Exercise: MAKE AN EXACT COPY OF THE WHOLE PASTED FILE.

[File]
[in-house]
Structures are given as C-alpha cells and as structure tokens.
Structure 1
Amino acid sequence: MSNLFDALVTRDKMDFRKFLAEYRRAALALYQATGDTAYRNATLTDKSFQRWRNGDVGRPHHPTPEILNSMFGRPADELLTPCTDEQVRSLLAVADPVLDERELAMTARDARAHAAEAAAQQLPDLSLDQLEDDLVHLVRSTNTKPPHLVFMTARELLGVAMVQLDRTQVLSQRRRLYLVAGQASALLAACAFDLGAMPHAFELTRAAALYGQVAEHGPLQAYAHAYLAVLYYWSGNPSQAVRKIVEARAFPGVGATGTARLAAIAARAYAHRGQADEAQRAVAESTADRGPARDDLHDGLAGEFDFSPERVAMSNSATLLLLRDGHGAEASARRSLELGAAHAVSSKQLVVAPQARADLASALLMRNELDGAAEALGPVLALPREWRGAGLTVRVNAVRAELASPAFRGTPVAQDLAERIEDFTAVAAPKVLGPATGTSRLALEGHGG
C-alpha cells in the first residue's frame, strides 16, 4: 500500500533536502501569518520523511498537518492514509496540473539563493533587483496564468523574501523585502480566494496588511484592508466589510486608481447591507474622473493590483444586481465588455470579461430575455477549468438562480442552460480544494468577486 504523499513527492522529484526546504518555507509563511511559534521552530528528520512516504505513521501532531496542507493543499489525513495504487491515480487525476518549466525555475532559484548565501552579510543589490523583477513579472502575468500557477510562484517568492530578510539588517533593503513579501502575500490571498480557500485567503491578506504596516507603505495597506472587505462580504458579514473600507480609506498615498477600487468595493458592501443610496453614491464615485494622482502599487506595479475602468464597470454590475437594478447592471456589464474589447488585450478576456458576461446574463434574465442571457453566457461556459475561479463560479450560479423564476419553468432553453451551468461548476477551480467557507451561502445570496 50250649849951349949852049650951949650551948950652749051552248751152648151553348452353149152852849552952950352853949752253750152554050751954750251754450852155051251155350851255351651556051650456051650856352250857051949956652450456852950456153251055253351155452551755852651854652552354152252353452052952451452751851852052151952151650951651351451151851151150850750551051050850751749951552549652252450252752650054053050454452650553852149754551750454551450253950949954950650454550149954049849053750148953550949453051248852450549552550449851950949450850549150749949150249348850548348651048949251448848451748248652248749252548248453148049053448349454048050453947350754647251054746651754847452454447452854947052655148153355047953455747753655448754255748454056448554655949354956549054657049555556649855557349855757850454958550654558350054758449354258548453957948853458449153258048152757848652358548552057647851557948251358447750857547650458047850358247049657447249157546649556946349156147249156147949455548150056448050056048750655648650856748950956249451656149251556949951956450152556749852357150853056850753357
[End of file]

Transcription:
[in-house]
Structures are given as C-alpha cells and as structure tokens.
Structure 1
Amino acid sequence: MSNLFDALVTRDKMDFRKFLAEYRRAALALYQATGDTAYRNATLTDKSFQRWRNGDVGRPHHPTPEILNSMFGRPADELLTPCTDEQVRSLLAVADPVLDERELAMTARDARAHAAEAAAQQLPDLSLDQLEDDLVHLVRSTNTKPPHLVFMTARELLGVAMVQLDRTQVLSQRRRLYLVAGQASALLAACAFDLGAMPHAFELTRAAALYGQVAEHGPLQAYAHAYLAVLYYWSGNPSQAVRKIVEARAFPGVGATGTARLAAIAARAYAHRGQADEAQRAVAESTADRGPARDDLHDGLAGEFDFSPERVAMSNSATLLLLRDGHGAEASARRSLELGAAHAVSSKQLVVAPQARADLASALLMRNELDGAAEALGPVLALPREWRGAGLTVRVNAVRAELASPAFRGTPVAQDLAERIEDFTAVAAPKVLGPATGTSRLALEGHGG
C-alpha cells in the first residue's frame, strides 16, 4: 500500500533536502501569518520523511498537518492514509496540473539563493533587483496564468523574501523585502480566494496588511484592508466589510486608481447591507474622473493590483444586481465588455470579461430575455477549468438562480442552460480544494468577486 504523499513527492522529484526546504518555507509563511511559534521552530528528520512516504505513521501532531496542507493543499489525513495504487491515480487525476518549466525555475532559484548565501552579510543589490523583477513579472502575468500557477510562484517568492530578510539588517533593503513579501502575500490571498480557500485567503491578506504596516507603505495597506472587505462580504458579514473600507480609506498615498477600487468595493458592501443610496453614491464615485494622482502599487506595479475602468464597470454590475437594478447592471456589464474589447488585450478576456458576461446574463434574465442571457453566457461556459475561479463560479450560479423564476419553468432553453451551468461548476477551480467557507451561502445570496 50250649849951349949852049650951949650551948950652749051552248751152648151553348452353149152852849552952950352853949752253750152554050751954750251754450852155051251155350851255351651556051650456051650856352250857051949956652450456852950456153251055253351155452551755852651854652552354152252353452052952451452751851852052151952151650951651351451151851151150850750551051050850751749951552549652252450252752650054053050454452650553852149754551750454551450253950949954950650454550149954049849053750148953550949453051248852450549552550449851950949450850549150749949150249348850548348651048949251448848451748248652248749252548248453148049053448349454048050453947350754647251054746651754847452454447452854947052655148153355047953455747753655448754255748454056448554655949354956549054657049555556649855557349855757850454958550654558350054758449354258548453957948853458449153258048152757848652358548552057647851557948251358447750857547650458047850358247049657447249157546649556946349156147249156147949455548150056448050056048750655648650856748950956249451656149251556949951956450152556749852357150853056850753357